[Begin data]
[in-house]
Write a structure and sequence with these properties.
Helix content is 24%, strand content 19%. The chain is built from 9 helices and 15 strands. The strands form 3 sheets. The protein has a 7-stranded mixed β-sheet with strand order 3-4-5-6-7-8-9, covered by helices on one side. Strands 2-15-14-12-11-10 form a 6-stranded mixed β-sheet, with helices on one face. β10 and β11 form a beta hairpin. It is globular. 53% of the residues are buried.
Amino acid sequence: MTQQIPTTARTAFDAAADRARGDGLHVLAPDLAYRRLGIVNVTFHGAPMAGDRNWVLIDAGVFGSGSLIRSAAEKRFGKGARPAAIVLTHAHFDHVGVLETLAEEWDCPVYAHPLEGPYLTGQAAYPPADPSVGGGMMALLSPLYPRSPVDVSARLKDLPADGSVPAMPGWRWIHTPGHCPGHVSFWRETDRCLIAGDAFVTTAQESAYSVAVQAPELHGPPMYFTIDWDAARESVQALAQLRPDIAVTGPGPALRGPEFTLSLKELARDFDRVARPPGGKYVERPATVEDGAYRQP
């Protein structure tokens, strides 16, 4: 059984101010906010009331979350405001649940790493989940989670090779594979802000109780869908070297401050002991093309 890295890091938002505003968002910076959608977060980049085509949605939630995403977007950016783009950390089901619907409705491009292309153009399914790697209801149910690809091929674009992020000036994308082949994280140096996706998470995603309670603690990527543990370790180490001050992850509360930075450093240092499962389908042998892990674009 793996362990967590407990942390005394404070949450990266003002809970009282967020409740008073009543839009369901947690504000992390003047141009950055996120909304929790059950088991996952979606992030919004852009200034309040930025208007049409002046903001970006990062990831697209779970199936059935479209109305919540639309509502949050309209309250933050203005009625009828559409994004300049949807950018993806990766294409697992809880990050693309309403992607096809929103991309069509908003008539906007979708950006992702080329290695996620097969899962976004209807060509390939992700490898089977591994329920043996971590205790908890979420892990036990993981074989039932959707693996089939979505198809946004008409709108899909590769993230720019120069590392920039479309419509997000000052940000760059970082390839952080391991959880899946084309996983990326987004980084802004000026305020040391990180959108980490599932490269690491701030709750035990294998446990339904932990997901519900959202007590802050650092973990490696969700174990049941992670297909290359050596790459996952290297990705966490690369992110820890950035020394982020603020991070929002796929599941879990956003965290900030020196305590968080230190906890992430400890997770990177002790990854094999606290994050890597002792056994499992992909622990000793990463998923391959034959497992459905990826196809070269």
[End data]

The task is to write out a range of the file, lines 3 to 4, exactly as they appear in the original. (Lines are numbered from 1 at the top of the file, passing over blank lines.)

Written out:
Helix content is 24%, strand content 19%. The chain is built from 9 helices and 15 strands. The strands form 3 sheets. The protein has a 7-stranded mixed β-sheet with strand order 3-4-5-6-7-8-9, covered by helices on one side. Strands 2-15-14-12-11-10 form a 6-stranded mixed β-sheet, with helices on one face. β10 and β11 form a beta hairpin. It is globular. 53% of the residues are buried.
Amino acid sequence: MTQQIPTTARTAFDAAADRARGDGLHVLAPDLAYRRLGIVNVTFHGAPMAGDRNWVLIDAGVFGSGSLIRSAAEKRFGKGARPAAIVLTHAHFDHVGVLETLAEEWDCPVYAHPLEGPYLTGQAAYPPADPSVGGGMMALLSPLYPRSPVDVSARLKDLPADGSVPAMPGWRWIHTPGHCPGHVSFWRETDRCLIAGDAFVTTAQESAYSVAVQAPELHGPPMYFTIDWDAARESVQALAQLRPDIAVTGPGPALRGPEFTLSLKELARDFDRVARPPGGKYVERPATVEDGAYRQP